Thanksgiving is a time to count one’s blessings and to share in the harvest bounty with friends and family. Even in the midst of the COVID-19 pandemic, many of us will take part in this most essential of North American traditions (preferably, among an appropriately scaled or virtual gathering), with its historic roots that go back four centuries and menu stalwarts, from turkey to stuffing, mashed potatoes, gravy and pumpkin pie. Perhaps more than any other meal of the year, eating to excess is not regarded on this day as, well, excessive. Tables and plates are piled high. No one is supposed to go hungry.
Except, of course, they do.
This year, as Marylanders from Friendsville to Pocomoke City give thanks during a holiday overshadowed by a virus unknown a year ago, they might reserve a moment to consider how the pandemic has dramatically increased food insecurity. Even before the coronavirus, about 1.5 million of this state’s 6 million residents were thought to be food insecure, meaning they do not have consistent access to affordable and nutritious food. With the virus and the economic downturn that has accompanied it, there are believed to be 1 million more. An uptick in hunger is a constant whenever unemployment rises, but this has been aggravated by a variety of factors including the abruptness of the crisis, the closing of schools (and with them, easy access to school-based nutrition programs) and the strain on resources temporarily offset by unemployment and stimulus checks that are now depleted.
At the Maryland Food Bank, the state’s preeminent purchaser and distributor of food to local food pantries, soup kitchens and shelters, the numbers tell the story: Between March 1 and Oct. 31, the organization distributed enough food to provide 35 million meals to Marylanders in need. That translates to 42 million pounds or just about double what was distributed during the exact period one year ago. Such a sharp increase has no parallel in modern history. And that war against hunger is being waged at a time when troop strength is down — older volunteers are understandably reluctant to work in close quarters and risk exposure to the virus. Nonprofits have had to get creative to supplement their manpower.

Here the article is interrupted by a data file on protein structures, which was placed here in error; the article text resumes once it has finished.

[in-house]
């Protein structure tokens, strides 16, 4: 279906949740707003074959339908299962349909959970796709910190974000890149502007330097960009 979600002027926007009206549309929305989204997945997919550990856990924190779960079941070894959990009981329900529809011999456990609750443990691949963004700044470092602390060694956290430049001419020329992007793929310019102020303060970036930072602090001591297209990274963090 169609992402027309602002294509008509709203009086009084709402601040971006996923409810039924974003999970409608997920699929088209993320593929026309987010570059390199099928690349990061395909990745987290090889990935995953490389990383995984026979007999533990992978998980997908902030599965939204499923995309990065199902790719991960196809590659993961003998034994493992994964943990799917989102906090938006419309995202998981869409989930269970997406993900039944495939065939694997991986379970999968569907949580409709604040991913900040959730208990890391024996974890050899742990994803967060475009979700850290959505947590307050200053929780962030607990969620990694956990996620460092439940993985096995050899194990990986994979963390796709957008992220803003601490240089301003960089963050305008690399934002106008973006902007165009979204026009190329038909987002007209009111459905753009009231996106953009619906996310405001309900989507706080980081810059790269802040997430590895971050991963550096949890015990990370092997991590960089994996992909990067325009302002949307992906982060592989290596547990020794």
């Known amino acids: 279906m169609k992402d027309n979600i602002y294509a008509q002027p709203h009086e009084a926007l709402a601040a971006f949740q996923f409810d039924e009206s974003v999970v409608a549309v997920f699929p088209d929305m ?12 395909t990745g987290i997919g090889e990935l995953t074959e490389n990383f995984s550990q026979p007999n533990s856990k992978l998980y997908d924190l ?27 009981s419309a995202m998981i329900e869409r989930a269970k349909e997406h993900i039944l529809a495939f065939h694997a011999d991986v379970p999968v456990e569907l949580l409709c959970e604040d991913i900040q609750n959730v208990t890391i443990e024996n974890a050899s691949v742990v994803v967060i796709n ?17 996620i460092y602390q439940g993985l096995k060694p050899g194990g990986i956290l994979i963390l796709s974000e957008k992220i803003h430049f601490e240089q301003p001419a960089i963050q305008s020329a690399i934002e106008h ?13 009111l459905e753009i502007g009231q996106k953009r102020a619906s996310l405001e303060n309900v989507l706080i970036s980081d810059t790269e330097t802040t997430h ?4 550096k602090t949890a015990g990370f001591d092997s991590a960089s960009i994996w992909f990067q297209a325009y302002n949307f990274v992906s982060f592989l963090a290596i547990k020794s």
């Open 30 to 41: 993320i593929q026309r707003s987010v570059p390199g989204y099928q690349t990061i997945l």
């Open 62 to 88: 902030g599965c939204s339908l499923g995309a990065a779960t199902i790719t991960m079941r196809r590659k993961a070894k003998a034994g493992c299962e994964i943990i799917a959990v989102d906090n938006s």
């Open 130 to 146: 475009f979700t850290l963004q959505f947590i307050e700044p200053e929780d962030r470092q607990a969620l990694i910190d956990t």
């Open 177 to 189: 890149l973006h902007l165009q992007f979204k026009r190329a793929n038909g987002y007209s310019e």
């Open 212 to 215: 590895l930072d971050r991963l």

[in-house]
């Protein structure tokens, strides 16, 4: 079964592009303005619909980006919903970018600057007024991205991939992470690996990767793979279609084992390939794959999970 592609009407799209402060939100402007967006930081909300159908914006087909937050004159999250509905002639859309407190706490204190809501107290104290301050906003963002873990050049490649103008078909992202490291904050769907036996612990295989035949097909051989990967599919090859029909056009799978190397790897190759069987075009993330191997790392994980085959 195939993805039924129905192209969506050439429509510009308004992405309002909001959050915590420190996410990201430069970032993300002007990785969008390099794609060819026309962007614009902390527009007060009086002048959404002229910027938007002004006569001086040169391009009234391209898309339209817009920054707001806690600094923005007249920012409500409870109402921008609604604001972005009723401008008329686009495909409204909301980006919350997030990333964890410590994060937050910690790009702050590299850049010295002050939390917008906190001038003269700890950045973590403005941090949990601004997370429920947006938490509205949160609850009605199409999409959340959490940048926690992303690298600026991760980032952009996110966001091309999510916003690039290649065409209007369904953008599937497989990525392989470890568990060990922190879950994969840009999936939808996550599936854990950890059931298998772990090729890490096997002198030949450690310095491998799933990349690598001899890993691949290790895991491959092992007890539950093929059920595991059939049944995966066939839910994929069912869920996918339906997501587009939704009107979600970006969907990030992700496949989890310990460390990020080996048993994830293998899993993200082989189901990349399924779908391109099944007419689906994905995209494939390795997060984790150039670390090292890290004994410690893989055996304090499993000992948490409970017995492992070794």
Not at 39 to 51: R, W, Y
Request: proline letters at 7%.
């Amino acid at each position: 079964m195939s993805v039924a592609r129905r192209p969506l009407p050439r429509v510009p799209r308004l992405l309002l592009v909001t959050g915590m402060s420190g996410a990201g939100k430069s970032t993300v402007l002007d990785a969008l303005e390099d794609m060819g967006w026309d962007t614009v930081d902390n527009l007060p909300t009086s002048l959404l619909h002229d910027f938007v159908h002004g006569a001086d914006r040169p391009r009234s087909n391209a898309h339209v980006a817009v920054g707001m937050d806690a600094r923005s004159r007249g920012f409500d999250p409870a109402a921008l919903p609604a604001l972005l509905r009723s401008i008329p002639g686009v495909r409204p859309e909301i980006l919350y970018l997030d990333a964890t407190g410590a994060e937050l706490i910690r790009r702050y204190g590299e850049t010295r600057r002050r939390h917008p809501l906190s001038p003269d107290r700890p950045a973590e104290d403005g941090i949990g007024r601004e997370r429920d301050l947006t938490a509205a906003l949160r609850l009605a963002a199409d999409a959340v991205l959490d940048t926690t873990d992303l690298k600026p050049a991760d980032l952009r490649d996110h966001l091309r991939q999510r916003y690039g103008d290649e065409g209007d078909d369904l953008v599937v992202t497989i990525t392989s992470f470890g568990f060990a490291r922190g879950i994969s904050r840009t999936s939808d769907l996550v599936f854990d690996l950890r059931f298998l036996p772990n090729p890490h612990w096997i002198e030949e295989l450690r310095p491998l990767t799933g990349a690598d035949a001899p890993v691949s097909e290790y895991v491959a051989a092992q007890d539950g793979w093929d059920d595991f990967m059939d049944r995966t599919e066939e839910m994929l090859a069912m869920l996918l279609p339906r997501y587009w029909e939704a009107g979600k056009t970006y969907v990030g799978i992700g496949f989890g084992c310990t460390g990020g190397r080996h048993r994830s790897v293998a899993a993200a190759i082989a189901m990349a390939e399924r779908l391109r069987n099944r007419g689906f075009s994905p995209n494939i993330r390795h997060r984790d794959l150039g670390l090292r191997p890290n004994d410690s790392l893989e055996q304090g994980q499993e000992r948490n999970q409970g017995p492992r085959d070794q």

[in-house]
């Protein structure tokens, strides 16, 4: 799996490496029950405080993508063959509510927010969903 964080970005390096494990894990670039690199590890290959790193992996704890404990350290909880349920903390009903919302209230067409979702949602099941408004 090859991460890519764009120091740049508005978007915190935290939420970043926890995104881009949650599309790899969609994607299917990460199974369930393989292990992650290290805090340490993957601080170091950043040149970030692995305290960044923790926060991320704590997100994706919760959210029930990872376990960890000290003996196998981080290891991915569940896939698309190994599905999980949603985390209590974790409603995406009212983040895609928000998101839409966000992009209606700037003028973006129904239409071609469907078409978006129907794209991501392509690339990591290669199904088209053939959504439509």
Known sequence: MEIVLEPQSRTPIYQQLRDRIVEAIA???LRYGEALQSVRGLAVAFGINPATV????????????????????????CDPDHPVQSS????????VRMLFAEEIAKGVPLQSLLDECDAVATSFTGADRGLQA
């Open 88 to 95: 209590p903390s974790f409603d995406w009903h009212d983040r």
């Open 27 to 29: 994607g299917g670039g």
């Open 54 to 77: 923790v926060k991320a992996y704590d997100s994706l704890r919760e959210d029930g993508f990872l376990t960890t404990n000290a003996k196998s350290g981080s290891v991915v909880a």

Those who have taken up the cause, who have donated to hunger-related charities, volunteered on the front lines or collected food for distribution deserve our thanks. Government programs have helped from initial CARES Act funding to Gov. Larry Hogan’s recent release of $10 million for food banks statewide have helped as well. But what’s concerning is not what’s happened these past 10 months, it’s the outlook for the next 10 months and perhaps beyond. That uptick in hunger? There is no sign it’s dissipating, and the immediate outlook for the pandemic, even if vaccines are successfully manufactured and distributed, is worrisome. Before the first Thanksgiving turkey was sliced, Maryland set a record for confirmed cases of COVID-19 for the month with rural Western Maryland counties suffering the worst. The daily death total is now the highest since June. Nationwide, COVID-19 hospitalizations have surged past 85,000, a record.
The sad fact of the matter is that hunger is here for an extended stay. Even if the virus is conquered, it will take time for the economy to return. And so the burden is not to marvel at how much anti-hunger efforts have accomplished in 2020, it’s to gear up for the challenge ahead. To that end, the Maryland Food Bank recently announced a $28 million fundraising goal to underwrite 70 million meals. It won’t be easy. Food prices are up about 20%. Traditional resources are taxed. Staff is exhausted, and volunteers are needed. “One of my greatest worries is how we can sustain the ability to respond at the level we’ve been responding,” frets Carmen Del Guercio, the nonprofit’s president and CEO. “Maybe it’s not the same as first responders or health care workers, but we’re in the ballpark.”
And so this might be the year to start a new Thanksgiving tradition, to pledge our support to fight hunger. One of the best ways is to donate your time or resources to the charity of your choosing, whether that’s the Maryland Food Bank (mdfoodbank.org/donate) or the Capital Area Food Bank, which serves Montgomery and Prince George’s counties, or to a local pantry, soup kitchen or shelter. It is also important to remember that while financial and volunteer support is always welcome around the holidays, food insecurity remains a year-round problem afflicting families in every community. They need our help now and they will need it next year, too.
The Baltimore Sun editorial board — made up of Opinion Editor Tricia Bishop, Deputy Editor Andrea K. McDaniels and writer Peter Jensen — offers opinions and analysis on news and issues relevant to readers. It is separate from the newsroom.